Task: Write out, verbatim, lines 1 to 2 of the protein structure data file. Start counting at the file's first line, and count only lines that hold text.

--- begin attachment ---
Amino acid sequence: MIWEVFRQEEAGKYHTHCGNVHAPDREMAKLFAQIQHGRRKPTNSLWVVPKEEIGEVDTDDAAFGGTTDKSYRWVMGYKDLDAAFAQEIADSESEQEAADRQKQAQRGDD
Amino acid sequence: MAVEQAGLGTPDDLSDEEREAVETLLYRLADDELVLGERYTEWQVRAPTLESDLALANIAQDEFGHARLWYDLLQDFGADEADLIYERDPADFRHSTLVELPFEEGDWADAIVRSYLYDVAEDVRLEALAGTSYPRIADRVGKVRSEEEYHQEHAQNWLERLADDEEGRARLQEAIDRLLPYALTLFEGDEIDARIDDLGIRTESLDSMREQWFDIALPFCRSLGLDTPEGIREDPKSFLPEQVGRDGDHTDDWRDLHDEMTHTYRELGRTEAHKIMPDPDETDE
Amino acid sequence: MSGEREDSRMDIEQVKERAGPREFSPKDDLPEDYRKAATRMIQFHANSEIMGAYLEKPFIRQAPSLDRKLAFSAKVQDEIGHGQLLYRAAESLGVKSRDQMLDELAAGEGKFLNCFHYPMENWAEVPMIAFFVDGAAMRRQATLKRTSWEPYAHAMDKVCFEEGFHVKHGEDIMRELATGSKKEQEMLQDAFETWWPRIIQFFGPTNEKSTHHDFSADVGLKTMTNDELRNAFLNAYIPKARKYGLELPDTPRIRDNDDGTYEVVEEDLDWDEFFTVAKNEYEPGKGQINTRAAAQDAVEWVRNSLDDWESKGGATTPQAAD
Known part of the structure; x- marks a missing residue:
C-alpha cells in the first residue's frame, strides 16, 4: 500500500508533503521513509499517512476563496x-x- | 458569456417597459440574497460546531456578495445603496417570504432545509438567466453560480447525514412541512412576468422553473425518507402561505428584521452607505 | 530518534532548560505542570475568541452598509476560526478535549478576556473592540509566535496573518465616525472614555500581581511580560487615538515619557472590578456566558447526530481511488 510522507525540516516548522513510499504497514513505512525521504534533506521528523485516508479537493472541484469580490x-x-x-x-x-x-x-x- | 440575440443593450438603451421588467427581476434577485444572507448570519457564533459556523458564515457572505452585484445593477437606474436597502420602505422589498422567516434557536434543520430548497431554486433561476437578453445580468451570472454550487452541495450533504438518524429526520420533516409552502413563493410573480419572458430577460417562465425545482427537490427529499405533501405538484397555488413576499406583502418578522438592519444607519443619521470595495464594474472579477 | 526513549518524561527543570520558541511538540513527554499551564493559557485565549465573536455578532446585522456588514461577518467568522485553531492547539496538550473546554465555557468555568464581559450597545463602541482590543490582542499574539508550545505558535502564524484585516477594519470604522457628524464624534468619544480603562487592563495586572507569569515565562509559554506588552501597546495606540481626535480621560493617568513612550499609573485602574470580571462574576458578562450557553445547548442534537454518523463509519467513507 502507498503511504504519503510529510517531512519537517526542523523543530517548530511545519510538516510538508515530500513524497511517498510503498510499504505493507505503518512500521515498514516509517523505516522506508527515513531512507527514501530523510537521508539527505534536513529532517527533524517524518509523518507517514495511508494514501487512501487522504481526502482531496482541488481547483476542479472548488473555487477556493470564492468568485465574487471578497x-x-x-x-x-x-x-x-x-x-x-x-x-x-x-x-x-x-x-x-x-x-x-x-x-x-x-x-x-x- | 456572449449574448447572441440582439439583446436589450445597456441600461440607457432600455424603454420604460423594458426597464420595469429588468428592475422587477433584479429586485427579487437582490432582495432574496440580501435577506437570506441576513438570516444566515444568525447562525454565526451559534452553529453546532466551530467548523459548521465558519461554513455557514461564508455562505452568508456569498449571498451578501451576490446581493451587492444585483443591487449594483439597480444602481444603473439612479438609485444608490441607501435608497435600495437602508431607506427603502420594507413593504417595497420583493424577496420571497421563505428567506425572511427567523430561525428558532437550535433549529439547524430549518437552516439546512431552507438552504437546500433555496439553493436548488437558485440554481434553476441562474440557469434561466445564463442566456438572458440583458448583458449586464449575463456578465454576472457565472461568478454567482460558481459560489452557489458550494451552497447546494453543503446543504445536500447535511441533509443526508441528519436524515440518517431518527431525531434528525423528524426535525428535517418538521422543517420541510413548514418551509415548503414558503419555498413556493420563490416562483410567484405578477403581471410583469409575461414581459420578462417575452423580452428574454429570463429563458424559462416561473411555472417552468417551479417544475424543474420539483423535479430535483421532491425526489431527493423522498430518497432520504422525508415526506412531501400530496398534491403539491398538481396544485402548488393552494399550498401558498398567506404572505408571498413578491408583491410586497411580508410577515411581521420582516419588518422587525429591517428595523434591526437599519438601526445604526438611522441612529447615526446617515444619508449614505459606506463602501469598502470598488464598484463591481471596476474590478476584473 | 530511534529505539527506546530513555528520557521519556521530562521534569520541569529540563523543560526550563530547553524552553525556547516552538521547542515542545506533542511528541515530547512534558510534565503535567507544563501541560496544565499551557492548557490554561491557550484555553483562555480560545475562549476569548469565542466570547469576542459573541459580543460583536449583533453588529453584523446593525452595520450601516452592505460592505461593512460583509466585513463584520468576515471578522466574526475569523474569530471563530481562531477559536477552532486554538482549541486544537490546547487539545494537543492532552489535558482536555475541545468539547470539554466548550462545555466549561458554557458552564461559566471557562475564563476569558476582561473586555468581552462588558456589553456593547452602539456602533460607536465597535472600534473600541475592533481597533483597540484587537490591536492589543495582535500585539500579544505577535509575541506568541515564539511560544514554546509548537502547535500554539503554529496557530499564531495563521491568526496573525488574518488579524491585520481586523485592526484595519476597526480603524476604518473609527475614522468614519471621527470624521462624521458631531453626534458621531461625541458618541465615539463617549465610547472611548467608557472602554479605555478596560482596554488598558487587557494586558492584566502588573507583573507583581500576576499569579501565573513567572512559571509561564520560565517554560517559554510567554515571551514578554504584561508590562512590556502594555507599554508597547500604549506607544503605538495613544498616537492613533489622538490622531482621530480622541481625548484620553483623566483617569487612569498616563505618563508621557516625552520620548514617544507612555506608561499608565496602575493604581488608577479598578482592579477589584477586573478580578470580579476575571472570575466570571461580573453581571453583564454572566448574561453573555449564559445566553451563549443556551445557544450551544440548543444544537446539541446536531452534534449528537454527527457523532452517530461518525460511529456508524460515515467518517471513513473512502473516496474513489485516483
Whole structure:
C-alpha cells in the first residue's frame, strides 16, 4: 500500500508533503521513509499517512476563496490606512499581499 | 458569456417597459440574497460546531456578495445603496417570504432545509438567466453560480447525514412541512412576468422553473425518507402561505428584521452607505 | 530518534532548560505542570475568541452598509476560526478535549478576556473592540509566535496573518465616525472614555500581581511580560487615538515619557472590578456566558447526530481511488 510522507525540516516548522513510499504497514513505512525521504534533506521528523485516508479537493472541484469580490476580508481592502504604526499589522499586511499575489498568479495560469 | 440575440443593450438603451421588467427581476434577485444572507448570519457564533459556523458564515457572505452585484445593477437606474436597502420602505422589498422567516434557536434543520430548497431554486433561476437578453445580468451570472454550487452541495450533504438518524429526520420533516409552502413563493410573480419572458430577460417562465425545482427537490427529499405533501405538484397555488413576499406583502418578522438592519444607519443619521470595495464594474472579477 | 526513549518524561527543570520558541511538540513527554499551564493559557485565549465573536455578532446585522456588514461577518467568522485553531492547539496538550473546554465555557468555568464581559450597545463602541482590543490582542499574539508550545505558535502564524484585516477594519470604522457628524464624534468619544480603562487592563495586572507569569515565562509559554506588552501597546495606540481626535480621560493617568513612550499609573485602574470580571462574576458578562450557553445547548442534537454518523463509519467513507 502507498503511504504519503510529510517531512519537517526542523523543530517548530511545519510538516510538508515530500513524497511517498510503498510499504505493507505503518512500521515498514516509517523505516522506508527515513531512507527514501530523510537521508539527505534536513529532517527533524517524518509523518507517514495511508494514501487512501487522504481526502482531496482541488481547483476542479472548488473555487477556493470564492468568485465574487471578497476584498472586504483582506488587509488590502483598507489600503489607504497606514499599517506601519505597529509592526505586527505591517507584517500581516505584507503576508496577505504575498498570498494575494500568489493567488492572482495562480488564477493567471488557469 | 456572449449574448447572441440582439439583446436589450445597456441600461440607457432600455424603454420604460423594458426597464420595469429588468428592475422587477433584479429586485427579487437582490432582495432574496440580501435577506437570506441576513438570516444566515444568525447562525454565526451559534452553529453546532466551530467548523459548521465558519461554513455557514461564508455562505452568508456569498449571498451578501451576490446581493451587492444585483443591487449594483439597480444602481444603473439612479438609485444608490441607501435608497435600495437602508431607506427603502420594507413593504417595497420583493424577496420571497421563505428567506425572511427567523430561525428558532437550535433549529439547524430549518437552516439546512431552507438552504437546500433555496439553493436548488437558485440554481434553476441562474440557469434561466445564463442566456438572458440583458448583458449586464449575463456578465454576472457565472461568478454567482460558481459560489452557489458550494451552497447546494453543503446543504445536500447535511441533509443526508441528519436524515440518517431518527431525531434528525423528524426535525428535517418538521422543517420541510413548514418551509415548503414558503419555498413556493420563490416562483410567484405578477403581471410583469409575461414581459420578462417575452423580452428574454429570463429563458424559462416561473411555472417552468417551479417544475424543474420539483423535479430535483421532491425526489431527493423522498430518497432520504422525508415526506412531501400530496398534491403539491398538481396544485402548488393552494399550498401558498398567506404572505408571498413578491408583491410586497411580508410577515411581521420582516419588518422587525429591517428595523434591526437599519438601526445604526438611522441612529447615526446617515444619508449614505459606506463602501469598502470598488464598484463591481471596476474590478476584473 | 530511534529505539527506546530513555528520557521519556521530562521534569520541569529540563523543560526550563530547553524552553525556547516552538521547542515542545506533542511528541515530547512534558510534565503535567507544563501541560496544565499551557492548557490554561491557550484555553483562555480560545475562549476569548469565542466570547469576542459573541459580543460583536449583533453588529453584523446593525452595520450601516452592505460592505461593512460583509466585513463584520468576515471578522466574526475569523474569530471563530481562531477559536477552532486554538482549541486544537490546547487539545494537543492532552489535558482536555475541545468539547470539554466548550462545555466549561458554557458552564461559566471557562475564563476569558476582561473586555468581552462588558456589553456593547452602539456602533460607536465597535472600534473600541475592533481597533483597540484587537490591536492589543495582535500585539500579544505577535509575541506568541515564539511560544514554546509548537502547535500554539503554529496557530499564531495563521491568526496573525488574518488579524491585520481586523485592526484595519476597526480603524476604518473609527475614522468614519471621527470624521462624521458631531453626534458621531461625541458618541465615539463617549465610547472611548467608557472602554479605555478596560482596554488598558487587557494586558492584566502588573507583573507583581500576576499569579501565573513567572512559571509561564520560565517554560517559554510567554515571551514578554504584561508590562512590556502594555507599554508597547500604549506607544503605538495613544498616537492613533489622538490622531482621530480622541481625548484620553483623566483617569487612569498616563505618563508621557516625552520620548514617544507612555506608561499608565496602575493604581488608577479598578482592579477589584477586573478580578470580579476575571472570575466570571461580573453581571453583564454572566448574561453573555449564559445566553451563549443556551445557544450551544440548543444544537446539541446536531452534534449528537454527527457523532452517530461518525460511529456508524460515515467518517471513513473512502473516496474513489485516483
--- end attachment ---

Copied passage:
Amino acid sequence: MIWEVFRQEEAGKYHTHCGNVHAPDREMAKLFAQIQHGRRKPTNSLWVVPKEEIGEVDTDDAAFGGTTDKSYRWVMGYKDLDAAFAQEIADSESEQEAADRQKQAQRGDD
Amino acid sequence: MAVEQAGLGTPDDLSDEEREAVETLLYRLADDELVLGERYTEWQVRAPTLESDLALANIAQDEFGHARLWYDLLQDFGADEADLIYERDPADFRHSTLVELPFEEGDWADAIVRSYLYDVAEDVRLEALAGTSYPRIADRVGKVRSEEEYHQEHAQNWLERLADDEEGRARLQEAIDRLLPYALTLFEGDEIDARIDDLGIRTESLDSMREQWFDIALPFCRSLGLDTPEGIREDPKSFLPEQVGRDGDHTDDWRDLHDEMTHTYRELGRTEAHKIMPDPDETDE